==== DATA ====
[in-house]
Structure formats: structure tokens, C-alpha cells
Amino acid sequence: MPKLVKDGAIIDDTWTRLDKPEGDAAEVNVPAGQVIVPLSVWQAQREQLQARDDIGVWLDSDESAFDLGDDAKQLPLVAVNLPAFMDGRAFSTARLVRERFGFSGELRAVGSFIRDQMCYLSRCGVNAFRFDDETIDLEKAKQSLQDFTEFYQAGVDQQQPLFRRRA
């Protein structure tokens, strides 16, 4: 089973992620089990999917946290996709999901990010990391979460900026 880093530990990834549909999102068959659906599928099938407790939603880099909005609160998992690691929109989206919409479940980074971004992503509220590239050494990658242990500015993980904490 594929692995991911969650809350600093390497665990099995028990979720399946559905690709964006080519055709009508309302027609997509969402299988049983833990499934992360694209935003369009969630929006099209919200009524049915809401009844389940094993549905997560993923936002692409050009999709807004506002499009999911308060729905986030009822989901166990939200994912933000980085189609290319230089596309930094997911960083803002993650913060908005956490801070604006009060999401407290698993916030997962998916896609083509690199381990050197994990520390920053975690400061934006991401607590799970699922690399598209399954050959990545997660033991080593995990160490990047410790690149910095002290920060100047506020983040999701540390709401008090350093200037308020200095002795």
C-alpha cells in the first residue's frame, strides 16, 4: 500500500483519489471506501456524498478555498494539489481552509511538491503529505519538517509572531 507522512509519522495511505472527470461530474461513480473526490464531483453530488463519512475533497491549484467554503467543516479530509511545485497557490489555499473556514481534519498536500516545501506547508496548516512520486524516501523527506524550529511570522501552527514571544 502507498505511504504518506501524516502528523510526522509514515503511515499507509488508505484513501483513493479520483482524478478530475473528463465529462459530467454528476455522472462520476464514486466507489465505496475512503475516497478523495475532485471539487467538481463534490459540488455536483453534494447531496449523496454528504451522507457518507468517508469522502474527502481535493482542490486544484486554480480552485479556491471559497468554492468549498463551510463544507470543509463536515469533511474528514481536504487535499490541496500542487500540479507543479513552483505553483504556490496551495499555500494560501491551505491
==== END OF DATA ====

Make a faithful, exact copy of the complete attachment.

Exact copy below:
[in-house]
Structure formats: structure tokens, C-alpha cells
Amino acid sequence: MPKLVKDGAIIDDTWTRLDKPEGDAAEVNVPAGQVIVPLSVWQAQREQLQARDDIGVWLDSDESAFDLGDDAKQLPLVAVNLPAFMDGRAFSTARLVRERFGFSGELRAVGSFIRDQMCYLSRCGVNAFRFDDETIDLEKAKQSLQDFTEFYQAGVDQQQPLFRRRA
């Protein structure tokens, strides 16, 4: 089973992620089990999917946290996709999901990010990391979460900026 880093530990990834549909999102068959659906599928099938407790939603880099909005609160998992690691929109989206919409479940980074971004992503509220590239050494990658242990500015993980904490 594929692995991911969650809350600093390497665990099995028990979720399946559905690709964006080519055709009508309302027609997509969402299988049983833990499934992360694209935003369009969630929006099209919200009524049915809401009844389940094993549905997560993923936002692409050009999709807004506002499009999911308060729905986030009822989901166990939200994912933000980085189609290319230089596309930094997911960083803002993650913060908005956490801070604006009060999401407290698993916030997962998916896609083509690199381990050197994990520390920053975690400061934006991401607590799970699922690399598209399954050959990545997660033991080593995990160490990047410790690149910095002290920060100047506020983040999701540390709401008090350093200037308020200095002795």
C-alpha cells in the first residue's frame, strides 16, 4: 500500500483519489471506501456524498478555498494539489481552509511538491503529505519538517509572531 507522512509519522495511505472527470461530474461513480473526490464531483453530488463519512475533497491549484467554503467543516479530509511545485497557490489555499473556514481534519498536500516545501506547508496548516512520486524516501523527506524550529511570522501552527514571544 502507498505511504504518506501524516502528523510526522509514515503511515499507509488508505484513501483513493479520483482524478478530475473528463465529462459530467454528476455522472462520476464514486466507489465505496475512503475516497478523495475532485471539487467538481463534490459540488455536483453534494447531496449523496454528504451522507457518507468517508469522502474527502481535493482542490486544484486554480480552485479556491471559497468554492468549498463551510463544507470543509463536515469533511474528514481536504487535499490541496500542487500540479507543479513552483505553483504556490496551495499555500494560501491551505491